An atomic velocity sensor based on the light-dragging effect
A velocity sensor (or velocimeter) is a device used to measure the rate of change of a moving object's position. Such devices (which have important applications in, e.g., navigation and manufacturing) are typically based on measuring the first-order Doppler shift of electromagnetic waves that are reflecting or scattering off of a moving object. In the quantum regime, the velocity measurements of particles are important for studying fundamental physics. As an example, when a photon is absorbed by an atom, the atom will gain a recoil energy, or recoil velocity. By measuring this recoil velocity from the spectral shift of the atomic resonance, the fine-structure constant can be determined and the theory of quantum electrodynamics tested.1 Another example of its usefulness is in the measurement of the local gravitational acceleration of two different species of free-falling atoms (to test Einstein's equivalence principle).1
All atom-based sensors rely on measuring the first-order Doppler shift of the atomic transition. By using Doppler-sensitive methods to detect the population of atomic states, the velocity can be measured precisely. However, due to the thermal distribution of an atomic ensemble, the uncertainty of the measurement is limited by the Doppler width of the ensemble. Thus, to determine its center-of-mass motion, one usually needs to map or truncate the velocity distribution of the ensemble. This approach complicates the process and lowers the data rate.1
In our experiment, we demonstrate the light-dragging effect (i.e., the deviation of the phase velocity of an electromagnetic wave from the speed of light in a moving medium) and use it to directly sense the center-of-mass motion of an atomic ensemble. The light-dragging effect was first observed by Fizeau in a flowing-water experiment for the study of ether, before the era of Einstein's special theory of relativity. It was later explained by the Lorentz addition to the first order of velocity in the equation related to Einstein's theory.2 The effect (illustrated in Figure 1) can be enhanced by increasing either the index of refraction or the dispersion of the medium. In a normal medium, the index of refraction is typically on the order of one. However, the dispersion of a medium can be greatly modified through nonlinear interaction with light. Based on this principle, we use an electromagnetically induced transparency (EIT) scheme to modify the susceptibility of the medium to make it transparent to light, even at resonance, while maintaining a large dispersion.3
A typical EIT scheme includes a simple three-level atomic system that is excited by two optical fields (i.e., the ‘probe’ and ‘control’ fields). When the control field is on, the dispersion and absorption properties of the probe field are modified. This extraordinary result has been used to slow down the group velocity of light in atomic vapors to tens of meters per second without absorption.4 To create our moving object, we prepared an ensemble of around 108 85Rb (rubidium) atoms at about 40μK under ultrahigh vacuum by using laser cooling and laser trapping techniques.5 The size of the ensemble is about 3mm, and its velocity is increased by the radiation pressure from an optical push field, where atoms gain momentum (see Figure 2).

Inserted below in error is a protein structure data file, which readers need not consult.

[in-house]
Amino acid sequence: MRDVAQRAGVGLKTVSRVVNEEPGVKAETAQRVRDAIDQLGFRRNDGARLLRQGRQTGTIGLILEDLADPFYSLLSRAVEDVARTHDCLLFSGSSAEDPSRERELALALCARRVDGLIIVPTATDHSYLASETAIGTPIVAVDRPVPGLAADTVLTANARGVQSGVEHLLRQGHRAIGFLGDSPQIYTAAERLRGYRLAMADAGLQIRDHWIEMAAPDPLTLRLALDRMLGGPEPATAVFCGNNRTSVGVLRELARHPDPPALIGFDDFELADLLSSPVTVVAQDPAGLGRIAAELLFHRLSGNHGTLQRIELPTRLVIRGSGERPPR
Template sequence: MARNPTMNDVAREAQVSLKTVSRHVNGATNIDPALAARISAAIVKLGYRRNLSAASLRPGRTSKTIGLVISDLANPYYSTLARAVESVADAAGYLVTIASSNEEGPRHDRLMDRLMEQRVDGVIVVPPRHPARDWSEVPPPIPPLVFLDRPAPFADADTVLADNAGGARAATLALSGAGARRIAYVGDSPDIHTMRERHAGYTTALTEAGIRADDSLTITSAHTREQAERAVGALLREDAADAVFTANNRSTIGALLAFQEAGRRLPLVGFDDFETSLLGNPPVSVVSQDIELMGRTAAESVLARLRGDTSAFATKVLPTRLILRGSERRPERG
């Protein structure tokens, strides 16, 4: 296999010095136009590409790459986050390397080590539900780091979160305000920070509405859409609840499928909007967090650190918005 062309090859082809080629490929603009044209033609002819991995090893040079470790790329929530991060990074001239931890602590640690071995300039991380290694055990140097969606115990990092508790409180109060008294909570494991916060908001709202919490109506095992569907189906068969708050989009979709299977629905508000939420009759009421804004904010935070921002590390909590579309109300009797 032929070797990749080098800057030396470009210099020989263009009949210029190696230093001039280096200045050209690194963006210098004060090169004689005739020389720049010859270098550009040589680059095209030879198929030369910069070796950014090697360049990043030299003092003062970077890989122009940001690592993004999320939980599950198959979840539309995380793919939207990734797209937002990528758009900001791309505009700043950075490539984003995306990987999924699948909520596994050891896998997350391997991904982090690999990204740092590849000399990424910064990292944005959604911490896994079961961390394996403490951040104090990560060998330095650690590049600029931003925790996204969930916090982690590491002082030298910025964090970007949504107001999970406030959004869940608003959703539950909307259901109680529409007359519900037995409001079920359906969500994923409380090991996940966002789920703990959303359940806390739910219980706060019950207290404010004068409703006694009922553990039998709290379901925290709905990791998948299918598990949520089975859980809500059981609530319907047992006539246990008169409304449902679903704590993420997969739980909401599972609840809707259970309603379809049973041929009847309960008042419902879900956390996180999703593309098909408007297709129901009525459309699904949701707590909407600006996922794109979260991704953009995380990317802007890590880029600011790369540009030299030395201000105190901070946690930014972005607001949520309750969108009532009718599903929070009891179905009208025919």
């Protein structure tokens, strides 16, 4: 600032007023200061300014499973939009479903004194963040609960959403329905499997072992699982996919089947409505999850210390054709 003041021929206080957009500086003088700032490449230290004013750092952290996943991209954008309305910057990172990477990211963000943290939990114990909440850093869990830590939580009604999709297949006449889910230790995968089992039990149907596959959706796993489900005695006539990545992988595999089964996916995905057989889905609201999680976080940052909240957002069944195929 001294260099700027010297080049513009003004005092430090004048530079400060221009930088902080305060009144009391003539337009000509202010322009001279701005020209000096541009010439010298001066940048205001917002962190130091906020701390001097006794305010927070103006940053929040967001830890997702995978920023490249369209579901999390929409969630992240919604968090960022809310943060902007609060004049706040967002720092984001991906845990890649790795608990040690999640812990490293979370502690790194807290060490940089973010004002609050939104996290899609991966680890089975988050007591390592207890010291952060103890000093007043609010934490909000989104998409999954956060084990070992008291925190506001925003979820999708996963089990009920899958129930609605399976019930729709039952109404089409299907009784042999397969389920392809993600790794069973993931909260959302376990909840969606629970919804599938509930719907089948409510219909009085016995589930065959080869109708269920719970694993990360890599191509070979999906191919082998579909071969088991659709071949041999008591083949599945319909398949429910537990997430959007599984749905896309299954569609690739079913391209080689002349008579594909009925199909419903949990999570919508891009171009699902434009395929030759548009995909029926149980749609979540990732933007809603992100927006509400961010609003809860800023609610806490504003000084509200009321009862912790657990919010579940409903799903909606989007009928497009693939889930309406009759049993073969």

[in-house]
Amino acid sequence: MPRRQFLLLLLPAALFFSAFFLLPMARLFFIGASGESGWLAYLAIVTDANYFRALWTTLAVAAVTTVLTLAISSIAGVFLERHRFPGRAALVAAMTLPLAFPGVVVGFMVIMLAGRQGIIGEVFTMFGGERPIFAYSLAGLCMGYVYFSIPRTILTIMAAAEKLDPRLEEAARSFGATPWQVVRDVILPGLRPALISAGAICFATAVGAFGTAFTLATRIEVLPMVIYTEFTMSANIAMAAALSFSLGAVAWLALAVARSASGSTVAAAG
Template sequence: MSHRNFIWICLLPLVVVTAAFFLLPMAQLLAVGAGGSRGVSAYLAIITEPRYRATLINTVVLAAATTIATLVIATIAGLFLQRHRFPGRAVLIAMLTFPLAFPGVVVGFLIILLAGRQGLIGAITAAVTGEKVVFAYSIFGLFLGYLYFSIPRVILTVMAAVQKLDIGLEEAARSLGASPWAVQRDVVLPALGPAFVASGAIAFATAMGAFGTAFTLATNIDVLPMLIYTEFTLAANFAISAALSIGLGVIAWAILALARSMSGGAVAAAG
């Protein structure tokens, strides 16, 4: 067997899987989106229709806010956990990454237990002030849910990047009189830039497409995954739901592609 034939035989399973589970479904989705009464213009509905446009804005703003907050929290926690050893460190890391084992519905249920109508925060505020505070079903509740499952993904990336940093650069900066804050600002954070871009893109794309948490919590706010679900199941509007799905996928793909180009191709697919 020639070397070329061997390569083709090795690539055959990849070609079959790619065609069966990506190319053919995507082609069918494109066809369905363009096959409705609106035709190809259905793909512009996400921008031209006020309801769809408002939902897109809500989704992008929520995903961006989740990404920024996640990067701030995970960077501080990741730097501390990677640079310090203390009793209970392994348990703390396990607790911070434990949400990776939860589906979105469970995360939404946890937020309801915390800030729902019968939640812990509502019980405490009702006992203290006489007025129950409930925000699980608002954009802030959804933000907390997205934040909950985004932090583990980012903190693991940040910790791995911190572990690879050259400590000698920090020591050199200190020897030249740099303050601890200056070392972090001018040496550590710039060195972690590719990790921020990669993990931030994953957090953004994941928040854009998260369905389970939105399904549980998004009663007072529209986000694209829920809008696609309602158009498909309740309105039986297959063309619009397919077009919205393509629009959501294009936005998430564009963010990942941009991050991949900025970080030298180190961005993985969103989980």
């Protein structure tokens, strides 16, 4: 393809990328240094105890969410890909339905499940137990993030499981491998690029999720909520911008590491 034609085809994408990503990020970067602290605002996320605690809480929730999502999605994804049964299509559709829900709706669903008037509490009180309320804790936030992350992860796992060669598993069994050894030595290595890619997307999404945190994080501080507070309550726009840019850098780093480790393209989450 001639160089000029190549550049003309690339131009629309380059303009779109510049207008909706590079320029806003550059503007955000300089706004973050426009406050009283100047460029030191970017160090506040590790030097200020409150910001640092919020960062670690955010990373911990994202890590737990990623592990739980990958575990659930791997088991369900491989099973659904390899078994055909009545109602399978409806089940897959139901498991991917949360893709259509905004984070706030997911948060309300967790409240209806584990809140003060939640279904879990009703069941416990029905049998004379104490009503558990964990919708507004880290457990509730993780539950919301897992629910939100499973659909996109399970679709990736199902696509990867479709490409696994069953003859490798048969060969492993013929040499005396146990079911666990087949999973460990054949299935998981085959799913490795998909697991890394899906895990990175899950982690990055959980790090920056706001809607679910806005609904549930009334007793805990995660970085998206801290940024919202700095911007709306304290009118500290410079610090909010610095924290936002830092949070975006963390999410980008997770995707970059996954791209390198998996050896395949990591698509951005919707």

To test our system, we compare the phase shift of the probe field through the EIT medium with a reference field that travels in a vacuum. Our measurements show that the phase shift is proportional to the velocity of the atomic ensemble, and that the light-dragging effect is enhanced by two orders of magnitude compared with previous experiments. Moreover, with a phase-detection uncertainty of 0.01 radians, the sensitivity of the velocity measurement of the atomic ensemble can reach 1mms−1, as shown in Figure 3. This sensitivity is two orders of magnitude higher than the Doppler width of the ensemble used.5 In a simple analogy, this is equivalent to measuring a thin hair using a regular ruler with a resolution of 1mm.
In summary, we have presented a new type of atomic motion sensor that depends on the collective motion of the atomic ensemble. In our sensor system, the preparation of a sample with a narrow velocity width is not required to improve the sensitivity. Moreover, detection of light is more flexible than fluorescence detection of the population of atomic states (i.e., where the photon efficiency is limited by the apparatus), as it can be carried out remotely. In our future work, we plan to build a more compact atomic motion sensor with room-temperature atomic vapor cells that does not require laser cooling and trapping steps. This development would enable us to avoid the complexity of cold-atom setups and may lead to wider applications (e.g., testing Einstein's equivalence principle using combinations of different atomic species, and mobile gravitational-field surveys).